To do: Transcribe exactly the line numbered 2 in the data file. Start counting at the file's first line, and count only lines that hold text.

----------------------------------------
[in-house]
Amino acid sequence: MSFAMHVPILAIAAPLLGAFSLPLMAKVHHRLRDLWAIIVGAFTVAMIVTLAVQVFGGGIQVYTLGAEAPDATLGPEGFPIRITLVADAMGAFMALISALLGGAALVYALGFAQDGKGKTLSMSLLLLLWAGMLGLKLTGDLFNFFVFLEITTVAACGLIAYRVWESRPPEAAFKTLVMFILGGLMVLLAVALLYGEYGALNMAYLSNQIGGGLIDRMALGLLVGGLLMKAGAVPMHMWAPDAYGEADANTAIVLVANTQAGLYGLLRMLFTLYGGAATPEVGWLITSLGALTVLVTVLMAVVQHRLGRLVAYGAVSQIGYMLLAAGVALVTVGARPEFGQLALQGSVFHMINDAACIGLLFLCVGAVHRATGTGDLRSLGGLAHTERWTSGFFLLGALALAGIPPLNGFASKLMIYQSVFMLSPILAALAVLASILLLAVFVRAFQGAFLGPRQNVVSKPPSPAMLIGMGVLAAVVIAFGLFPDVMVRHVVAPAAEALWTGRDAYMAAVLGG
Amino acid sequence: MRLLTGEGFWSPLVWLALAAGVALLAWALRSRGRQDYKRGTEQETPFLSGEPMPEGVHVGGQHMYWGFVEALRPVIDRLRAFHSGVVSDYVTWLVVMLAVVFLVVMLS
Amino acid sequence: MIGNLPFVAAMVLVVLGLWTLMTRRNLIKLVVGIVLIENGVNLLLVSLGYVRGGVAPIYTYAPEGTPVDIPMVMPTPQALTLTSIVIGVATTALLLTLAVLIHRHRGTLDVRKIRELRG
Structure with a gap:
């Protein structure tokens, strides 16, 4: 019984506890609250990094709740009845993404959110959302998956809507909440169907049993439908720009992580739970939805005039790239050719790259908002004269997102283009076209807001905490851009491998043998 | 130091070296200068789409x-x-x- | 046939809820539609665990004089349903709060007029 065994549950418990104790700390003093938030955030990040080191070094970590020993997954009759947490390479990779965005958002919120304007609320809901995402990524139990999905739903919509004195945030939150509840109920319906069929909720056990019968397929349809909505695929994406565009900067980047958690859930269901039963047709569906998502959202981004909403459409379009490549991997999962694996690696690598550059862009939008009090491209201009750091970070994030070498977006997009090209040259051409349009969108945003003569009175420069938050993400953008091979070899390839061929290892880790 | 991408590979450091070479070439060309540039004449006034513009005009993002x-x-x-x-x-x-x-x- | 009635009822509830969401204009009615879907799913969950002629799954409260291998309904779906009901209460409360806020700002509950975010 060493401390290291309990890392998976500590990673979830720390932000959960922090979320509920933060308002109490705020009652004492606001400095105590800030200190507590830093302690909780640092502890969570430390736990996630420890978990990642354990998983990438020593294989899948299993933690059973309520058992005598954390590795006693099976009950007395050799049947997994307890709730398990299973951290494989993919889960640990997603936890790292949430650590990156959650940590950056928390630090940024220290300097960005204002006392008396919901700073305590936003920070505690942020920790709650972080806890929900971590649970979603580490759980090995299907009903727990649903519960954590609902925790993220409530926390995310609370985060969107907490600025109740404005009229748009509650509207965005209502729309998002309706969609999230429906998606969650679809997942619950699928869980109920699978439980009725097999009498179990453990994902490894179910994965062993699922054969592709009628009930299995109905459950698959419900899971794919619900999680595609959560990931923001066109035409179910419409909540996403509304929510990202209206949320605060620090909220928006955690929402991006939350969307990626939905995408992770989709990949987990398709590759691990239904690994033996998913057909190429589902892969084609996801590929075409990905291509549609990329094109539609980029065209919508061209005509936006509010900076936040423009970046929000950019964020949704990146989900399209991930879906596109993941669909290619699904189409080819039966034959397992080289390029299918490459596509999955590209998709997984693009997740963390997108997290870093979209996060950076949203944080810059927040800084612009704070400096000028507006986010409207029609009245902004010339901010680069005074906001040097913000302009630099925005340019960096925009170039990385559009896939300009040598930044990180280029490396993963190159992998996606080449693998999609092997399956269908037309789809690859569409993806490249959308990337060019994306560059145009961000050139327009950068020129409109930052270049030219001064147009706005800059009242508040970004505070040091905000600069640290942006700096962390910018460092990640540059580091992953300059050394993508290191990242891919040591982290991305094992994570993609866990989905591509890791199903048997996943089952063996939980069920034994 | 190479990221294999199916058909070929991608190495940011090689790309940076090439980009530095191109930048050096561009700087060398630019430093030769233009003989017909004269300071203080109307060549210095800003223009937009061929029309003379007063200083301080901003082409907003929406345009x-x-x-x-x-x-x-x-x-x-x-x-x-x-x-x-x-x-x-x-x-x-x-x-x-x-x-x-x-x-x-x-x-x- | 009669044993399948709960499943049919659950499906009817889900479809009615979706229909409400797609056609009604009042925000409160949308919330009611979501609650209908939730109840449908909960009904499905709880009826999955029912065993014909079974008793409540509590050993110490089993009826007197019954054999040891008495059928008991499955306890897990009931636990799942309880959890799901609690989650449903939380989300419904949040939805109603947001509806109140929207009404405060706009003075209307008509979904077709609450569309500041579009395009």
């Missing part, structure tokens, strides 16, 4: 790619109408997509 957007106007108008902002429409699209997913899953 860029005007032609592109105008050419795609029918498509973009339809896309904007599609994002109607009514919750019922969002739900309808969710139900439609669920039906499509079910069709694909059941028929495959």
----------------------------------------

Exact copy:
Amino acid sequence: MSFAMHVPILAIAAPLLGAFSLPLMAKVHHRLRDLWAIIVGAFTVAMIVTLAVQVFGGGIQVYTLGAEAPDATLGPEGFPIRITLVADAMGAFMALISALLGGAALVYALGFAQDGKGKTLSMSLLLLLWAGMLGLKLTGDLFNFFVFLEITTVAACGLIAYRVWESRPPEAAFKTLVMFILGGLMVLLAVALLYGEYGALNMAYLSNQIGGGLIDRMALGLLVGGLLMKAGAVPMHMWAPDAYGEADANTAIVLVANTQAGLYGLLRMLFTLYGGAATPEVGWLITSLGALTVLVTVLMAVVQHRLGRLVAYGAVSQIGYMLLAAGVALVTVGARPEFGQLALQGSVFHMINDAACIGLLFLCVGAVHRATGTGDLRSLGGLAHTERWTSGFFLLGALALAGIPPLNGFASKLMIYQSVFMLSPILAALAVLASILLLAVFVRAFQGAFLGPRQNVVSKPPSPAMLIGMGVLAAVVIAFGLFPDVMVRHVVAPAAEALWTGRDAYMAAVLGG